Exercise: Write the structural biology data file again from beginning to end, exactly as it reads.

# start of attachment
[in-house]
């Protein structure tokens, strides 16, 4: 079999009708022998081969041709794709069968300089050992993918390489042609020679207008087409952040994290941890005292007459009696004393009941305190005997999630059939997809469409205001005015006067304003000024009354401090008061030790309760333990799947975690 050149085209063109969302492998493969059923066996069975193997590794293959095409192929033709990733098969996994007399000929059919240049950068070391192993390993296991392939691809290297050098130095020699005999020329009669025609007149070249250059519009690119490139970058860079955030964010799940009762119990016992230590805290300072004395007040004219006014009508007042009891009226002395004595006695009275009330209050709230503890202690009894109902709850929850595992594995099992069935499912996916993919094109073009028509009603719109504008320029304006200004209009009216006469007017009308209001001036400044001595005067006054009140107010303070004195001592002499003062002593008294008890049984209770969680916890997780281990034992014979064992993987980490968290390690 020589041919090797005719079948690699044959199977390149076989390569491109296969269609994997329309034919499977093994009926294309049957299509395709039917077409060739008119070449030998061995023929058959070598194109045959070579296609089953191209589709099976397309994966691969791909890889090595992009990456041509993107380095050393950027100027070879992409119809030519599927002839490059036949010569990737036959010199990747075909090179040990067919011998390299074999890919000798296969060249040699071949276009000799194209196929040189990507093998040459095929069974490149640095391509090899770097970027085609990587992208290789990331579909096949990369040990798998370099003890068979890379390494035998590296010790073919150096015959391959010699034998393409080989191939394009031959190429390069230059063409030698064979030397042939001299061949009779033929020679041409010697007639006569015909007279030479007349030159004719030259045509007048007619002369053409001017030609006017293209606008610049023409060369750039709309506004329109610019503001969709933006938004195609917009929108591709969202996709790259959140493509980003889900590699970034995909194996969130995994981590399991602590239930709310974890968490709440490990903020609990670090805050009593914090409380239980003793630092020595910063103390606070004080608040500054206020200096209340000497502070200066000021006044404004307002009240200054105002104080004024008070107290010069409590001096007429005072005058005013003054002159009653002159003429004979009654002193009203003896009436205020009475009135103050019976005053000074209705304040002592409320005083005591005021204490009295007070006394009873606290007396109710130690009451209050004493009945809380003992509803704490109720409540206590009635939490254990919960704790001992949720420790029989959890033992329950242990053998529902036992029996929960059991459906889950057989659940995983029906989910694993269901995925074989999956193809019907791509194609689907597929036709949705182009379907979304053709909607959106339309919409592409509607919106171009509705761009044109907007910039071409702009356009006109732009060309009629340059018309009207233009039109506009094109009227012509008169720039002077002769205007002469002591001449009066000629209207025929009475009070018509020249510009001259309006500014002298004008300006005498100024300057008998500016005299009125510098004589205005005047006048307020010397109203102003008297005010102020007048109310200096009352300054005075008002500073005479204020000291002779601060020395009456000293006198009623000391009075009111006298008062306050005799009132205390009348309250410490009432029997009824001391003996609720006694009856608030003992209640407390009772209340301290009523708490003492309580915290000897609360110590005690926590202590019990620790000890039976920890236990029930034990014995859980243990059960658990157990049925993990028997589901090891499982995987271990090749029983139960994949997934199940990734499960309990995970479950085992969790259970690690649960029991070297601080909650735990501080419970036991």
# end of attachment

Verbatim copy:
[in-house]
């Protein structure tokens, strides 16, 4: 079999009708022998081969041709794709069968300089050992993918390489042609020679207008087409952040994290941890005292007459009696004393009941305190005997999630059939997809469409205001005015006067304003000024009354401090008061030790309760333990799947975690 050149085209063109969302492998493969059923066996069975193997590794293959095409192929033709990733098969996994007399000929059919240049950068070391192993390993296991392939691809290297050098130095020699005999020329009669025609007149070249250059519009690119490139970058860079955030964010799940009762119990016992230590805290300072004395007040004219006014009508007042009891009226002395004595006695009275009330209050709230503890202690009894109902709850929850595992594995099992069935499912996916993919094109073009028509009603719109504008320029304006200004209009009216006469007017009308209001001036400044001595005067006054009140107010303070004195001592002499003062002593008294008890049984209770969680916890997780281990034992014979064992993987980490968290390690 020589041919090797005719079948690699044959199977390149076989390569491109296969269609994997329309034919499977093994009926294309049957299509395709039917077409060739008119070449030998061995023929058959070598194109045959070579296609089953191209589709099976397309994966691969791909890889090595992009990456041509993107380095050393950027100027070879992409119809030519599927002839490059036949010569990737036959010199990747075909090179040990067919011998390299074999890919000798296969060249040699071949276009000799194209196929040189990507093998040459095929069974490149640095391509090899770097970027085609990587992208290789990331579909096949990369040990798998370099003890068979890379390494035998590296010790073919150096015959391959010699034998393409080989191939394009031959190429390069230059063409030698064979030397042939001299061949009779033929020679041409010697007639006569015909007279030479007349030159004719030259045509007048007619002369053409001017030609006017293209606008610049023409060369750039709309506004329109610019503001969709933006938004195609917009929108591709969202996709790259959140493509980003889900590699970034995909194996969130995994981590399991602590239930709310974890968490709440490990903020609990670090805050009593914090409380239980003793630092020595910063103390606070004080608040500054206020200096209340000497502070200066000021006044404004307002009240200054105002104080004024008070107290010069409590001096007429005072005058005013003054002159009653002159003429004979009654002193009203003896009436205020009475009135103050019976005053000074209705304040002592409320005083005591005021204490009295007070006394009873606290007396109710130690009451209050004493009945809380003992509803704490109720409540206590009635939490254990919960704790001992949720420790029989959890033992329950242990053998529902036992029996929960059991459906889950057989659940995983029906989910694993269901995925074989999956193809019907791509194609689907597929036709949705182009379907979304053709909607959106339309919409592409509607919106171009509705761009044109907007910039071409702009356009006109732009060309009629340059018309009207233009039109506009094109009227012509008169720039002077002769205007002469002591001449009066000629209207025929009475009070018509020249510009001259309006500014002298004008300006005498100024300057008998500016005299009125510098004589205005005047006048307020010397109203102003008297005010102020007048109310200096009352300054005075008002500073005479204020000291002779601060020395009456000293006198009623000391009075009111006298008062306050005799009132205390009348309250410490009432029997009824001391003996609720006694009856608030003992209640407390009772209340301290009523708490003492309580915290000897609360110590005690926590202590019990620790000890039976920890236990029930034990014995859980243990059960658990157990049925993990028997589901090891499982995987271990090749029983139960994949997934199940990734499960309990995970479950085992969790259970690690649960029991070297601080909650735990501080419970036991």